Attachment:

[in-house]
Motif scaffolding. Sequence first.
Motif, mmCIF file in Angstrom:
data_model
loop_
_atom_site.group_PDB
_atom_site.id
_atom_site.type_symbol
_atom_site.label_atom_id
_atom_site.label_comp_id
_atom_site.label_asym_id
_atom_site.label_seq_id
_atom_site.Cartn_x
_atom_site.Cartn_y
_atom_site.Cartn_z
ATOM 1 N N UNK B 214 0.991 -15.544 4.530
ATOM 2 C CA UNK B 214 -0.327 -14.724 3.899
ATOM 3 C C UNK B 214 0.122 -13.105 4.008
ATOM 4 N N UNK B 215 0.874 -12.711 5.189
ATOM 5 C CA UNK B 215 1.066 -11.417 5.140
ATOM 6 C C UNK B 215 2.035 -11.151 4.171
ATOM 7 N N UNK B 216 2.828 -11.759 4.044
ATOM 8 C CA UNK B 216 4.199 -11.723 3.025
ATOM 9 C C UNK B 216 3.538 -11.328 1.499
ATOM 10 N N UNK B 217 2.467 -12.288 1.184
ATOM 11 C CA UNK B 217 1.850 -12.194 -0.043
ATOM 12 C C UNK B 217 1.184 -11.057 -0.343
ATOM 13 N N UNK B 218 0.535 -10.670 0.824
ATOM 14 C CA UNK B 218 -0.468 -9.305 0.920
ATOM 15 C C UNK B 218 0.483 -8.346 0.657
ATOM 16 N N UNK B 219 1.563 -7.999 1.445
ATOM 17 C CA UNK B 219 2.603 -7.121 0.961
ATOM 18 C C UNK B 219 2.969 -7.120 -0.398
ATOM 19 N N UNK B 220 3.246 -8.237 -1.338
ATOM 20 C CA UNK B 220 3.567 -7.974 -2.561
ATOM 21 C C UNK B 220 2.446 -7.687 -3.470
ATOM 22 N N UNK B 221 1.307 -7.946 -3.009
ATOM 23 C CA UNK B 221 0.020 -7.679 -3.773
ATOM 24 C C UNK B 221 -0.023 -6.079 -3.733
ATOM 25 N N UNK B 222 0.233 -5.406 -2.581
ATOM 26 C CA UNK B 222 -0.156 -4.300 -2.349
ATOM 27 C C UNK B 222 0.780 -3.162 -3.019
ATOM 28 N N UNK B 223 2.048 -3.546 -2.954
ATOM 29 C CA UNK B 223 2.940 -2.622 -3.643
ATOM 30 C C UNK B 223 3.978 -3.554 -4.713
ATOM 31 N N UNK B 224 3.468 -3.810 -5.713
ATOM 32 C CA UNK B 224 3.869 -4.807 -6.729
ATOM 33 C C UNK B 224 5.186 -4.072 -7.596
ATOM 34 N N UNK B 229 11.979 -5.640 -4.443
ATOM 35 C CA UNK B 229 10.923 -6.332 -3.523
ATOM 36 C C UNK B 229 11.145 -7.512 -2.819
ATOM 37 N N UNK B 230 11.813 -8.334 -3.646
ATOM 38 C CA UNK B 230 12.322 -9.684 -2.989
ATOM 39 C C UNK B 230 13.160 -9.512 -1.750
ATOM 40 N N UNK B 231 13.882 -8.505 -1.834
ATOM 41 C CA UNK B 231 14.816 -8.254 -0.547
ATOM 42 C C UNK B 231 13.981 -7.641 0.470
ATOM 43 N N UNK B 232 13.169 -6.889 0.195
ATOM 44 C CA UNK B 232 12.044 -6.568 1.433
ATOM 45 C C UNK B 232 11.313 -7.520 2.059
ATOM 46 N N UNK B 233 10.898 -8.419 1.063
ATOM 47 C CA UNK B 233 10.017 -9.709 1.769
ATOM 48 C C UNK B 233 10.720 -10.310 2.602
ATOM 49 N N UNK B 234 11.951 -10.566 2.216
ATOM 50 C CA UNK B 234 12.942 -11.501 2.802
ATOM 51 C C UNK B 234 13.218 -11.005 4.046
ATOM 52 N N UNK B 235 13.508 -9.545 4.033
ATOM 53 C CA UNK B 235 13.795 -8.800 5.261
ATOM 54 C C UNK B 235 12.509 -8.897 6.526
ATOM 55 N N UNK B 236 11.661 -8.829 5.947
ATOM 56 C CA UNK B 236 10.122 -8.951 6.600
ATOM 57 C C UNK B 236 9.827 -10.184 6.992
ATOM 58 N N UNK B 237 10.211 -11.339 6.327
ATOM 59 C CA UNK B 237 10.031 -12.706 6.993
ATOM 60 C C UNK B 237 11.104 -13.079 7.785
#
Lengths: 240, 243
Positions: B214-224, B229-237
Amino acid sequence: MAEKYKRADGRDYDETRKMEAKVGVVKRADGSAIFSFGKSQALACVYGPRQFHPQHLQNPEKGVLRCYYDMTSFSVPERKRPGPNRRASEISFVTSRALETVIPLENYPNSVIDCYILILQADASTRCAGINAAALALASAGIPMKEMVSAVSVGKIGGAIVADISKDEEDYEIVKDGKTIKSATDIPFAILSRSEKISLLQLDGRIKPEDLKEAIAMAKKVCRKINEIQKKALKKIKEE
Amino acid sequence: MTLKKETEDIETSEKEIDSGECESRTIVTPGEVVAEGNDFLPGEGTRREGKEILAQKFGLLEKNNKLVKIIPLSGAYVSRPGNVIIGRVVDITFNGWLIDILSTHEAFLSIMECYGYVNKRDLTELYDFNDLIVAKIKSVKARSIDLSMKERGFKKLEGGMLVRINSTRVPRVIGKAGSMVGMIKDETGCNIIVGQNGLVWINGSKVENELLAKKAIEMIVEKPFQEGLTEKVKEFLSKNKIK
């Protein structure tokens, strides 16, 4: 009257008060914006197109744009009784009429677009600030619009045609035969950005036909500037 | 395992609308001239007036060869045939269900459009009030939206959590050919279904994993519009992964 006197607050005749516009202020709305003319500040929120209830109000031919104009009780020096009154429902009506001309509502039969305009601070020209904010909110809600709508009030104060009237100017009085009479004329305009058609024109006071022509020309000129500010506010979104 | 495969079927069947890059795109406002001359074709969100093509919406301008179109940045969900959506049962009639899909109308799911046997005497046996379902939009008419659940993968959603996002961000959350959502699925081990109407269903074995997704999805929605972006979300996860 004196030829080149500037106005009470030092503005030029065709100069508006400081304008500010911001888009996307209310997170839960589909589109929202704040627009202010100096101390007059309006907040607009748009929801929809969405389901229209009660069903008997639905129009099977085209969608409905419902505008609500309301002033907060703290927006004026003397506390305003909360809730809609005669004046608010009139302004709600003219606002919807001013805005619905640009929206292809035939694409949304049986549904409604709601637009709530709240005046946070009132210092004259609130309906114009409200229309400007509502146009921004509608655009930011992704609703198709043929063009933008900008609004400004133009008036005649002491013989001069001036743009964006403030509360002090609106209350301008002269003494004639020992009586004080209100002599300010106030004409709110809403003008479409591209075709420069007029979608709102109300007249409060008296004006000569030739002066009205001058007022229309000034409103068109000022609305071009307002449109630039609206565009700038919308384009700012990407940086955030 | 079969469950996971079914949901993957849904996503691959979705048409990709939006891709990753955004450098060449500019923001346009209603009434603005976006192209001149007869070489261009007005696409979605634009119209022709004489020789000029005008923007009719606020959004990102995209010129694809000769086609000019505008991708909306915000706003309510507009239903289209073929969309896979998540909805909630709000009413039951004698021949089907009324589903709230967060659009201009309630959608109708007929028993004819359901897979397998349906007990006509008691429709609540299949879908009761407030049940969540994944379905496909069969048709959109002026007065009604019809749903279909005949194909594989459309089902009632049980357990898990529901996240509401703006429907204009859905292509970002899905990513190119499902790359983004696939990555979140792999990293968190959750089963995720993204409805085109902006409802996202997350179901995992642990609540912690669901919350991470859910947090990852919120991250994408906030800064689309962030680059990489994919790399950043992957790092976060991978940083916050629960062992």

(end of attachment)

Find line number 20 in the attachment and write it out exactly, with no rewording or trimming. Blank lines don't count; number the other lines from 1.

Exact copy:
ATOM 5 C CA UNK B 215 1.066 -11.417 5.140